(ROCKWALL, TX – September 29, 2015) It’s all the rage these days! But first, a word of caution. You won’t be reading about Technicolor hair dyes, fitness bands, i-dosing (look it up) or Ariana Grande. And trust me, we won’t be going anywhere near the Kardashians. The lastest fad that’s developed during the past couple of years here in the cozylandofBlue Ribbon Newsis pet fostering.
Yes, providing a temporary home for a homeless pet has become a “thing.”
Unlike many of the current crazes, there’s nothing particularly fancy, expensive or complicated about fostering. “You can help in small ways and you can help in big ways,” said Toni Stevens of Rockwall, who fosters and transports pets for Oak Hill Animal Rescue.
What is fostering and why is it needed? Area animal shelters, the ones that have abandoned the old discredited method of killing animals for space, sometimes need temporary homes for its shelter pets. Since they’re in the business of holding the pet until he or she finds a new home, the shelters could need temporary space if their kennels are full. Or a pet may need a quiet place to recuperate from an injury or illness. Or a pet may have an infectious disease that requires isolation.
Fostering is a great way for volunteers to get involved. That’s because fostering requires very little structured time commitment, but it’s something that can literally save a pet’s life.
In fact, it’s the thrill of giving a brighter future to a homeless pet that attracts fosters like Toni. “There’s a real feeling of busting them out of jail,” Toni explains. “When I go to the shelter, and when they hand that leash to me, I feel like I’m about to take them on their freedom ride.”
A word of warning: There is a major occupational hazard with pet fostering. It’s called foster failing, and it’s happened to nearly everyone. Toni fostered a little dog named Harper after rescuing her from the Dallas shelter. Harper needed a temporary home because she had developed kennel cough. After only two weeks, Toni was hopelessly in love. Needless to say, Harper is now an official member of the Stevens family. “Harper really bonded with my daughter,” Toni offered as an excuse. Another foster failure in the books. (Full disclosure: Pam and I have foster failed twice with our cats Mister K and Lewis. And we’re all living happily ever after.)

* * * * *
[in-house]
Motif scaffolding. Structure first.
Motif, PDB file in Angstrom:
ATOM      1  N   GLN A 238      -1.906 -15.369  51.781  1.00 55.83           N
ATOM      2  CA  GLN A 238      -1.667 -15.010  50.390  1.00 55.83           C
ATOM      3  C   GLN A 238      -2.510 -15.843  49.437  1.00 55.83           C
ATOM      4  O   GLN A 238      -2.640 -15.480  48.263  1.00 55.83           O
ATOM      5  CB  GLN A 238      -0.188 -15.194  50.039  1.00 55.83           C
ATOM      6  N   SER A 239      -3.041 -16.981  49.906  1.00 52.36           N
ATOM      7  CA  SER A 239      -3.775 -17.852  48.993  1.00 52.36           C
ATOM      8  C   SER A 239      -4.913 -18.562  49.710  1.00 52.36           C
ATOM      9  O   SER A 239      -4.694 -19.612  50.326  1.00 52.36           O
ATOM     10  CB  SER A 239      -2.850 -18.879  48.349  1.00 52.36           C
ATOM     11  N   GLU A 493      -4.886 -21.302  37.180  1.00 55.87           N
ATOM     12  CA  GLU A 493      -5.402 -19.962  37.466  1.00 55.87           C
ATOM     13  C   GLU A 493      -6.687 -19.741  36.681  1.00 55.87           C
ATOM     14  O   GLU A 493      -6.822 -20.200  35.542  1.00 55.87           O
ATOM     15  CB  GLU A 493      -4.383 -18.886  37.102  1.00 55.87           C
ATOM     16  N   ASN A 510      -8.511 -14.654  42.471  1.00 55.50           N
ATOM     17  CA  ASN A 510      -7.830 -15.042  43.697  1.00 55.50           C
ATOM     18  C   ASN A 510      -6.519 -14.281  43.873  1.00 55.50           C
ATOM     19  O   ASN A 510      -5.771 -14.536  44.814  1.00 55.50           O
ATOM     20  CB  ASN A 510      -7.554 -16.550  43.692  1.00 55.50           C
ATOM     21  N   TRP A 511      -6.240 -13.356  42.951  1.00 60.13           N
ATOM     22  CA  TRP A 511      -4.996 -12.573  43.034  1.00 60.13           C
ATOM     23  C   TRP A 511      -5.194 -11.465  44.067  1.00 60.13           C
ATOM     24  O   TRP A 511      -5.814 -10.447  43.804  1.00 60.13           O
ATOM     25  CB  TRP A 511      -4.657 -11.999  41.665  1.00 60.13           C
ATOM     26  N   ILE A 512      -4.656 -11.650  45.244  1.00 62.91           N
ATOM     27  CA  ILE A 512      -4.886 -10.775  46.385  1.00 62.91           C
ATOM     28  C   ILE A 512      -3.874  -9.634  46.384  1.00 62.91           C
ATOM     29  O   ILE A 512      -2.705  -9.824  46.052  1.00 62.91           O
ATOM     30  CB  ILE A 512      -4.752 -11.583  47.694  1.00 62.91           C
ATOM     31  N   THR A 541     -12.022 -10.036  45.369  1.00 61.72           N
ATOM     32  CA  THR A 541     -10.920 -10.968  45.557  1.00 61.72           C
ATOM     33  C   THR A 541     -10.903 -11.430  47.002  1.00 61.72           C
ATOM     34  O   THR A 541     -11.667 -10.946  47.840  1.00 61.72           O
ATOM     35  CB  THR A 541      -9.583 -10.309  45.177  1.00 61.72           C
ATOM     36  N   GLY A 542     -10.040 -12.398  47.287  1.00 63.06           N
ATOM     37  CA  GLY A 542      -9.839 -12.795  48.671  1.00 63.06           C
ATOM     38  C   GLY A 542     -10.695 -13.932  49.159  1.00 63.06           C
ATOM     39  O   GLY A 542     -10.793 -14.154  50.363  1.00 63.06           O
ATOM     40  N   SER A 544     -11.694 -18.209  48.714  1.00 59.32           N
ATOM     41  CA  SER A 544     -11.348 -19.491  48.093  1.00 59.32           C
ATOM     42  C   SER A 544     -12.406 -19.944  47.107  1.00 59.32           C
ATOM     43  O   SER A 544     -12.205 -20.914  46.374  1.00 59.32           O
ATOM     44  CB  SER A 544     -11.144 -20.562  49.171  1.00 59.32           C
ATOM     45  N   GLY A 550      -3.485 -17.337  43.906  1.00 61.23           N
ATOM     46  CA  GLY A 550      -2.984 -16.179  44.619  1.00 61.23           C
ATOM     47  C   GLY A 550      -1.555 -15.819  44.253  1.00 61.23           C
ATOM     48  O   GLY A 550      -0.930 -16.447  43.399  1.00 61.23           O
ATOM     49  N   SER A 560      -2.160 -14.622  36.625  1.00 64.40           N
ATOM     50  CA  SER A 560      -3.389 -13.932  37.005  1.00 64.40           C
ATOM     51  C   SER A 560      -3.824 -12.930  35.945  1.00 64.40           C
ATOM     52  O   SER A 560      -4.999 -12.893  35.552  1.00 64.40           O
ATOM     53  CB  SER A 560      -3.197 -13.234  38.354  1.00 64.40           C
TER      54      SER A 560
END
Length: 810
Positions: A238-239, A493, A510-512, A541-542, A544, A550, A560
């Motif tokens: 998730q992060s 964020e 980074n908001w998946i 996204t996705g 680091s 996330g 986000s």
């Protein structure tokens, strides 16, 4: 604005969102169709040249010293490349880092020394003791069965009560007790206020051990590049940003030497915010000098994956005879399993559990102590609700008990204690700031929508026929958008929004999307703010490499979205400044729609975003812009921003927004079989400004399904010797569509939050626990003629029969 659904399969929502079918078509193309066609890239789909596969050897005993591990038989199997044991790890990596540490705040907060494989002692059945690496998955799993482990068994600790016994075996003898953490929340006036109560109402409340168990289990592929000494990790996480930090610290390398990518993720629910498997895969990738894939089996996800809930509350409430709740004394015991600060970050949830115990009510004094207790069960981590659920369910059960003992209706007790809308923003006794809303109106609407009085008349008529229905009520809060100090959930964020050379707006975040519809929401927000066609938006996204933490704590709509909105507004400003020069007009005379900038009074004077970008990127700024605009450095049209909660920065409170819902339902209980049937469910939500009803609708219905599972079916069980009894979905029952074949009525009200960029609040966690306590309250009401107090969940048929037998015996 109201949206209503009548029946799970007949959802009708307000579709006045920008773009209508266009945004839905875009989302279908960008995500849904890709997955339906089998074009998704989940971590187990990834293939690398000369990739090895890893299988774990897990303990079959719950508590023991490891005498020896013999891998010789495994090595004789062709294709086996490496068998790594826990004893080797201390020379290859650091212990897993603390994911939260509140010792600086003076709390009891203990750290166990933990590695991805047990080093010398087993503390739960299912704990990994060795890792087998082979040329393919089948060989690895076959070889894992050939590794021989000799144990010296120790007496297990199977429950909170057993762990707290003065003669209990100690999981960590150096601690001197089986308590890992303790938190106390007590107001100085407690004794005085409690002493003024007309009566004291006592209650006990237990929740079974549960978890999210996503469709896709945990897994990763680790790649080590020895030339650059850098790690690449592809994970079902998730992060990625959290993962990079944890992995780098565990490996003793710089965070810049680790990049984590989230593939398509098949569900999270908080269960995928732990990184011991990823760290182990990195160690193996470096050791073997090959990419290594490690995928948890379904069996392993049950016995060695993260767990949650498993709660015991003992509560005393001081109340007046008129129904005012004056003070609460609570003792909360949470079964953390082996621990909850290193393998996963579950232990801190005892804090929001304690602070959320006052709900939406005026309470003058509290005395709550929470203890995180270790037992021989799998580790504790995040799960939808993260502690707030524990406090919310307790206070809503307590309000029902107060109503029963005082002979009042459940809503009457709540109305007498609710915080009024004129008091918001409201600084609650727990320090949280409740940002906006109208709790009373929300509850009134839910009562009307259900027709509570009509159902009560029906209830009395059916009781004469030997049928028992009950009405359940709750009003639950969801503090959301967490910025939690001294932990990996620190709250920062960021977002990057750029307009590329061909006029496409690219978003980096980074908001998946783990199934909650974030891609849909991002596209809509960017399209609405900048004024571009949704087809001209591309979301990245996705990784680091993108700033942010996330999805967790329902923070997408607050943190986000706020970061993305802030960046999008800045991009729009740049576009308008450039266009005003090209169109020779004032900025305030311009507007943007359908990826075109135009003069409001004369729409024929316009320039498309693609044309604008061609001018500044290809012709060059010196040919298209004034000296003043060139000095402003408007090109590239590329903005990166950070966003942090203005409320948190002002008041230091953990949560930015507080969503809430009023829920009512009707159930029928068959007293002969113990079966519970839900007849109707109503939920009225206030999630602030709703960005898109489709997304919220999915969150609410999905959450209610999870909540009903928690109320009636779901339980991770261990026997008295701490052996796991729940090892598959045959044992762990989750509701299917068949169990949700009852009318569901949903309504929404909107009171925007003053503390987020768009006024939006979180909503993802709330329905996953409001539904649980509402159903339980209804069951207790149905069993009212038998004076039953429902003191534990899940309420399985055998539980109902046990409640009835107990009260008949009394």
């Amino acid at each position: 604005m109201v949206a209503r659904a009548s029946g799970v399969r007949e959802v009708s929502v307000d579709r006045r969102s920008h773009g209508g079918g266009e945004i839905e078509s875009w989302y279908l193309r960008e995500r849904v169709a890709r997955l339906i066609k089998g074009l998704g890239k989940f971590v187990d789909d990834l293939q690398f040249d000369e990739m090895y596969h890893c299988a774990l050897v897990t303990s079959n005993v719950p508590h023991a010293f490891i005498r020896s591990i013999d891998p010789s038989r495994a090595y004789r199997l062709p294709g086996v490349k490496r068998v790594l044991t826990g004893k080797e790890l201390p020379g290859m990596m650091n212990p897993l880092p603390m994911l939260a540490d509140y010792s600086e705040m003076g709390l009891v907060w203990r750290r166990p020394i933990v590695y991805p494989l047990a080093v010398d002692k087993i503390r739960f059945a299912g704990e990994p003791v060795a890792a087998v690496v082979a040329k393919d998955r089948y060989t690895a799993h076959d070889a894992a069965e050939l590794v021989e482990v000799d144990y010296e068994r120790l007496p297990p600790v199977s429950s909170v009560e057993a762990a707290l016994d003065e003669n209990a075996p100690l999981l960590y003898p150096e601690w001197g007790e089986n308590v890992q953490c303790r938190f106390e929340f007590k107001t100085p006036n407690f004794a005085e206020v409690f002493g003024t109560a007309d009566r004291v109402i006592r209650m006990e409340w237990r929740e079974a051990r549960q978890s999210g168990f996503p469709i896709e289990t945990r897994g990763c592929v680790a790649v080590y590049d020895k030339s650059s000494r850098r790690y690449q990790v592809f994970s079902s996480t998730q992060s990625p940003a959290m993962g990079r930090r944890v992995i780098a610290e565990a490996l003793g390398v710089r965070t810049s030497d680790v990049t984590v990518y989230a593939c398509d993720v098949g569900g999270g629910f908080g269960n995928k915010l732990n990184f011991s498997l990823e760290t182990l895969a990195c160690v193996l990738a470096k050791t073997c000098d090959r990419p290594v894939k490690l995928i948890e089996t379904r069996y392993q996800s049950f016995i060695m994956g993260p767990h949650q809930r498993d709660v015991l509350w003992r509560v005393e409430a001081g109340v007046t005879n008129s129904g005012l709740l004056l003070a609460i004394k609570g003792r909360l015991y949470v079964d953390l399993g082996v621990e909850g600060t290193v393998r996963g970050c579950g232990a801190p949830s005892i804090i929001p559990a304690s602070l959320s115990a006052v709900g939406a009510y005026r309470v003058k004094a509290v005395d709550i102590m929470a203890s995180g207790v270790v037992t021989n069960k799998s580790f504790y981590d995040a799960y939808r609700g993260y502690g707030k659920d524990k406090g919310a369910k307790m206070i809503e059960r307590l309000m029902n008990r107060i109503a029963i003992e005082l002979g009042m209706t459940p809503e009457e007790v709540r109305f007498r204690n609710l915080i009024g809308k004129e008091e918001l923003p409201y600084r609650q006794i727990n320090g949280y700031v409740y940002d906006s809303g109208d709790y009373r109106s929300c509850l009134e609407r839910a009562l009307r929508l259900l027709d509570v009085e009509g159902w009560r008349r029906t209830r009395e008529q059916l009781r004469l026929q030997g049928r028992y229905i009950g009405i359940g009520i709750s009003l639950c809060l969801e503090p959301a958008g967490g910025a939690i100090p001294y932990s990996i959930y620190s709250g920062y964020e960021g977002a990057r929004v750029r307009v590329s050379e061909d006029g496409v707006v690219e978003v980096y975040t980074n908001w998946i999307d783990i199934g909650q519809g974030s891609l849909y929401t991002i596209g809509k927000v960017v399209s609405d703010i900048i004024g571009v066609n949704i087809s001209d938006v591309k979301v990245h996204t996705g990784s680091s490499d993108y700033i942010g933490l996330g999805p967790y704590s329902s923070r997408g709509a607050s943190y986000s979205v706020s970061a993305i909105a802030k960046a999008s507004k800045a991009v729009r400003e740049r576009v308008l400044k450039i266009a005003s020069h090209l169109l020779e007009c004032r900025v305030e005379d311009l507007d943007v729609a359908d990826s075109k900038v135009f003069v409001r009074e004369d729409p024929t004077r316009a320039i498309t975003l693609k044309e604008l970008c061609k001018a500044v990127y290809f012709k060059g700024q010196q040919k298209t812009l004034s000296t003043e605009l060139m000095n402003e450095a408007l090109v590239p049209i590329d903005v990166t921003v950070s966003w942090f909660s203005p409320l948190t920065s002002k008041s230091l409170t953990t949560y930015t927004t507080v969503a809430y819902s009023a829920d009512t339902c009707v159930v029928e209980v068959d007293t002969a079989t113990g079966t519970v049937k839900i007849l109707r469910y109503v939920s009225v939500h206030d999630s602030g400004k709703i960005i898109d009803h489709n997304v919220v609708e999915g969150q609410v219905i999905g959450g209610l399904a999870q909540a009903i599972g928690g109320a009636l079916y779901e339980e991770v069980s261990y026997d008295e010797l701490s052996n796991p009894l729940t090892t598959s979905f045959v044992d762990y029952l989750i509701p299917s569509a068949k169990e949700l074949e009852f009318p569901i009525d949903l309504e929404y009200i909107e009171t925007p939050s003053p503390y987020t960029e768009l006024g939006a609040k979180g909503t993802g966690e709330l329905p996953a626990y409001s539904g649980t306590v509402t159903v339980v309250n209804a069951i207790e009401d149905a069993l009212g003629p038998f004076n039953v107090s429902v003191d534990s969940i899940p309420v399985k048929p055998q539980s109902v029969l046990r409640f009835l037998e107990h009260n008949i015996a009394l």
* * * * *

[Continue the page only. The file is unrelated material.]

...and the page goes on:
The fostering craze is spreading nationwide. I’ve run into many foster advocates like Jennifer Warner of Adopt-a-Pet.com at No Kill conferences across the country. Jennifer has a great list of the top five benefits of pet fostering:
1. Test the Waters. Fostering is an opportunity to “sample” different kinds of pets, and what it’s like to have one if you’re not yet ready to commit forever.
2. Entertainment. You’ll never be bored! There is always something to do with your foster from cuddling to playing fetch.
3. Be Proud. Getting a homeless pet ready for adoption by giving your love, time and friendship is such a rewarding feeling.
4. Community. Make new friends by fostering! It’s a great way to meet new people who care about animals.
5. Life Saved. Opening your heart and home is an important part of saving a life. Fostering a pet is one of the most direct ways you can help an animal.
And, as Jennifer likes to point out, the Internal Revenue Service recently ruled that foster-related expenses are usually tax-deductible. In other words, you can have fun, get inspired, meet new friends, take pride in yourself and save money at the same time. What’s not to like?
Or flip the equation around: What’s not to like for a dog or cat? Harper was homeless and stricken with kennel cough. Before she knew it, she was recuperating at the Stevens house in Rockwall. And two weeks later, she became a full-fledged member of the family.
So I’ll add one more item to Jennifer’s list, and I think it’s the best thing of all. Fostering homeless pets puts you front and center inside your own fairy tale. It’s another happy ending, and you made it happen. Maybe that’s why fostering is the newest craze.